The court found that starting in February 2017, Chemours disclosed that “higher clean-up costs that might result ‘under adverse changes in circumstances, although deemed remote.’ … once Chemours chose to make that disclosure-even if not required by [Generally Accepted Accounting Practices] GAAP or otherwise-it had to speak truthfully … [and that] a reasonable investor could have plausibly inferred from the language Defendants used to ‘provide’ in the challenged SEC reports Chemours’ ‘higher clean-up costs’ that Chemours was disclosing its maximum potential remediation liabilities.”  The court explained that “the question then is whether Plaintiff has alleged in the Complaint facts sufficient to plausibly imply that Defendants did not in fact believe that Chemours’ s environmental remediation liabilities were capped at the sums disclosed in the SEC reports.”

Teachers drew on two sources to supports their claim that Chemours did not in fact believe that its environmental remediation liabilities were capped at the sums disclosed in the SEC reports.  First, Teachers argued that Chemours “specifically itemized” $2.5 billion of inherited liabilities as of the time it was spun-off from DuPont, in a complaint against DuPont in a 2019 Delaware Chancery Court Complaint – in that unrelated case, Chemours asserted that “DuPont violated New Jersey law by spinning off Chemours on the basis of underestimated environmental liabilities without providing the State with the ‘financial assurance necessary to ensure’ that the necessary clean-up can be done.”  Second, Teachers asserted that a 2018 internal evaluation of total environmental remediation costs company-wide identified costs of more than $2 billion.  The court held that Chemours’s allegations in the Chancery Court Complaint do not plausibly imply that the company made false representations about its maximum potential environmental remediation liabilities in the challenged SEC reports.  However, it also found that “a rational juror could plausibly infer from the [internal evaluation] that … Defendants believed that Chemours’ s environmental remediation liabilities were approximately two billion dollars,” a significantly greater amount than Chemours had said its liabilities were; that is, that Chemours had made false statements about liability.

Chemours argued that “even if Plaintiff had identified any error in Chemours’ environmental liability disclosures, they would nevertheless be inactionable because they were accurate statements of opinion.” However, the court held that “statements of opinion … are ‘actionable under the securities laws if they are not honestly believed and lack a reasonable basis.’”  In addition, the court explained that Teachers’ allegations plausibly implied that Chemours did not consider the maximum remediation liability disclosures accurate, and therefore, those disclosures could be actionable opinions.

The court also held the Teachers had adequately pleaded its claims against Chemours’ President and CEO and the company’s Senior Vice President and COO (previously its CFO) for the two to continue as defendants in the case.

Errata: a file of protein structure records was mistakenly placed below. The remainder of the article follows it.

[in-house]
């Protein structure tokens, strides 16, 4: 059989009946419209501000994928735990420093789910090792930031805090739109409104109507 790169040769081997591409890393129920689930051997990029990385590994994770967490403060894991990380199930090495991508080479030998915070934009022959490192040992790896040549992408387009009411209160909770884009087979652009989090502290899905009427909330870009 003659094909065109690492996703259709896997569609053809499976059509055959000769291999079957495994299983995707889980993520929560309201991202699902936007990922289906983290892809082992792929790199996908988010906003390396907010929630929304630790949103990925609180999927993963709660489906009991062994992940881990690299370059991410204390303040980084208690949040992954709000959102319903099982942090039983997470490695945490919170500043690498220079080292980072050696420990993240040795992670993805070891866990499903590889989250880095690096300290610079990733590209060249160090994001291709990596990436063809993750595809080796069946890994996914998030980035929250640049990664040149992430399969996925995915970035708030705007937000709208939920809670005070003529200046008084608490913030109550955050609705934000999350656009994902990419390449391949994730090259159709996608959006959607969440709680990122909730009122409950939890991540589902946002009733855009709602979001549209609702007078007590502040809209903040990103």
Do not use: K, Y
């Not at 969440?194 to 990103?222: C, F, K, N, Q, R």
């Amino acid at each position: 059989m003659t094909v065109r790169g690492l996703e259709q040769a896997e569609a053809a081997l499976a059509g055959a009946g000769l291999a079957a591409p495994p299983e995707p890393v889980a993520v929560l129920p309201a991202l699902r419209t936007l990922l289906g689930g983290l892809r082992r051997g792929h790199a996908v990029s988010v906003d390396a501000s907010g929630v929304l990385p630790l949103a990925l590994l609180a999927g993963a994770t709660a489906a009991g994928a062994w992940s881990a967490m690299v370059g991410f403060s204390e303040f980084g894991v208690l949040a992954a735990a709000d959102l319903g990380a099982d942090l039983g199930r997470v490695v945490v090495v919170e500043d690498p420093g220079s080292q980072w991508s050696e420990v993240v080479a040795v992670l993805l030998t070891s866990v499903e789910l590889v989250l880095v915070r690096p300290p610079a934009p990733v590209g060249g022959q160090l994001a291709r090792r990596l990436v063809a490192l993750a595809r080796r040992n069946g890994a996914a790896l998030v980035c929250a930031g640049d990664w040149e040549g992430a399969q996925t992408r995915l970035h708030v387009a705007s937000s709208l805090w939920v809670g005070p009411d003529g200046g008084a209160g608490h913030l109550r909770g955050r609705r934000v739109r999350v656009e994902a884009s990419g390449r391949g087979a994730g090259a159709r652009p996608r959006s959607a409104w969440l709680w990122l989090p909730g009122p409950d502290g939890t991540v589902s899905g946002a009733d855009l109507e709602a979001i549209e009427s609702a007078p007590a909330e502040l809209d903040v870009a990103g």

IRIS Review of PFHxA and its Related Salts

EPA’s Integrated Risk Information System (IRIS) program is developing assessments for five PFAS:  perfluorobutanoic acid [PFBA], perfluorohexanoic acid [PFHxA], perfluorohexane sulfonate [PFHxS], perfluorononanoic acid [PFNA], perfluorodecanoic acid [PFDA], and their associated salts.  On February 2, EPA released the draft IRIS assessment for PFHxA.

The IRIS assessment followed a systemic review protocol that outlines the related scoping and problem formulation efforts, including a summary of other federal and state assessments of PFHxA. The protocol also lays out the systematic review and dose-response methods used to conduct the review.

The review found that PFHxA exposure is likely to cause hepatic, developmental, and hematopoietic effects in humans.  In addition, the review reported that current evidence suggests that PFHxA exposure might cause endocrine effects in humans.

Litigation Over the De Minimis Concentration and Alternate Threshold Exemptions in the PFAS TRI Reporting Rules

On January 20, 2022, the National PFAS Contamination Coalition, Sierra Club, and Union of Concerned Scientists (collectively the “Coalition”) filed a complaint in the District Court for the District of Columbia challenging two final rules promulgated by EPA related to TRI PFAS Reporting.  Specifically, the Coalition asserts that two rules violate the National Defense Authorization Act for Fiscal Year 2020 (NDAA) by allowing two exemptions to the Act’s PFAS reporting mandate — the de minimis concentration and alternate threshold exemptions.  These rules are “Implementing Statutory Addition of Certain Per- and Polyfluoroalkyl Substances; Toxic Chemical Release Reporting” (85 Fed. Reg. 37,354) and the “Implementing Statutory Addition of Certain Per- and Polyfluoroalkyl Substances (PFAS) to the Toxics Release Inventory Beginning With Reporting Year 2021” (86 Fed. Reg. 29,698) (collectively the “TRI PFAS Rules”).